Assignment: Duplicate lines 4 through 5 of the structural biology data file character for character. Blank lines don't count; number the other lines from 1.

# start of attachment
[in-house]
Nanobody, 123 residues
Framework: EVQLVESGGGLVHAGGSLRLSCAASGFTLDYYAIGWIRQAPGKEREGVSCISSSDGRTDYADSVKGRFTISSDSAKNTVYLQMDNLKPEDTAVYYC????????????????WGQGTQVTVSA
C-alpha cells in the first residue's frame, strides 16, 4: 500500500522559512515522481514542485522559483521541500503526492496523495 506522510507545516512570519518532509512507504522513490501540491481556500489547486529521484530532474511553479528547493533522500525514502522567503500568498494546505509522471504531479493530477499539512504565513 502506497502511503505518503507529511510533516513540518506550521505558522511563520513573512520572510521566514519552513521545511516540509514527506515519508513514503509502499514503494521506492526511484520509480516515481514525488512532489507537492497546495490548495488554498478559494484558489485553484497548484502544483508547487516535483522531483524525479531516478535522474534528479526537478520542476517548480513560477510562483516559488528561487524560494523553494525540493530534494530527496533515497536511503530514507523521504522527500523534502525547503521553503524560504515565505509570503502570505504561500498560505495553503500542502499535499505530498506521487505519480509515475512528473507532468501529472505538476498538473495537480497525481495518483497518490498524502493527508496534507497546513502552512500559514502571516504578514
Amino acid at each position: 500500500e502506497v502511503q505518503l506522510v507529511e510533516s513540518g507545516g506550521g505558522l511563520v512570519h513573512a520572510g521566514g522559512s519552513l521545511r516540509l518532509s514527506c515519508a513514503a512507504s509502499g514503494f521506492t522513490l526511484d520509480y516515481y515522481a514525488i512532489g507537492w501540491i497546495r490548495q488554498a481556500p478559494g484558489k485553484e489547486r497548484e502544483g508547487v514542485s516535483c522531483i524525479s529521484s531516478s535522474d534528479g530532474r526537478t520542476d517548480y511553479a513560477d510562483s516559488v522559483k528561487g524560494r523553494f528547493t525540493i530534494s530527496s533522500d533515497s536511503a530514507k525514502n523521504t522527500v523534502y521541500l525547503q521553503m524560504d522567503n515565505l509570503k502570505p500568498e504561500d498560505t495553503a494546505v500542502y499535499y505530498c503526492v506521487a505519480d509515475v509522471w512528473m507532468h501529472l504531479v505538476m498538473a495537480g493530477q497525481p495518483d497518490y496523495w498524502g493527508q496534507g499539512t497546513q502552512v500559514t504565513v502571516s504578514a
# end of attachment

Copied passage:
C-alpha cells in the first residue's frame, strides 16, 4: 500500500522559512515522481514542485522559483521541500503526492496523495 506522510507545516512570519518532509512507504522513490501540491481556500489547486529521484530532474511553479528547493533522500525514502522567503500568498494546505509522471504531479493530477499539512504565513 502506497502511503505518503507529511510533516513540518506550521505558522511563520513573512520572510521566514519552513521545511516540509514527506515519508513514503509502499514503494521506492526511484520509480516515481514525488512532489507537492497546495490548495488554498478559494484558489485553484497548484502544483508547487516535483522531483524525479531516478535522474534528479526537478520542476517548480513560477510562483516559488528561487524560494523553494525540493530534494530527496533515497536511503530514507523521504522527500523534502525547503521553503524560504515565505509570503502570505504561500498560505495553503500542502499535499505530498506521487505519480509515475512528473507532468501529472505538476498538473495537480497525481495518483497518490498524502493527508496534507497546513502552512500559514502571516504578514
Amino acid at each position: 500500500e502506497v502511503q505518503l506522510v507529511e510533516s513540518g507545516g506550521g505558522l511563520v512570519h513573512a520572510g521566514g522559512s519552513l521545511r516540509l518532509s514527506c515519508a513514503a512507504s509502499g514503494f521506492t522513490l526511484d520509480y516515481y515522481a514525488i512532489g507537492w501540491i497546495r490548495q488554498a481556500p478559494g484558489k485553484e489547486r497548484e502544483g508547487v514542485s516535483c522531483i524525479s529521484s531516478s535522474d534528479g530532474r526537478t520542476d517548480y511553479a513560477d510562483s516559488v522559483k528561487g524560494r523553494f528547493t525540493i530534494s530527496s533522500d533515497s536511503a530514507k525514502n523521504t522527500v523534502y521541500l525547503q521553503m524560504d522567503n515565505l509570503k502570505p500568498e504561500d498560505t495553503a494546505v500542502y499535499y505530498c503526492v506521487a505519480d509515475v509522471w512528473m507532468h501529472l504531479v505538476m498538473a495537480g493530477q497525481p495518483d497518490y496523495w498524502g493527508q496534507g499539512t497546513q502552512v500559514t504565513v502571516s504578514a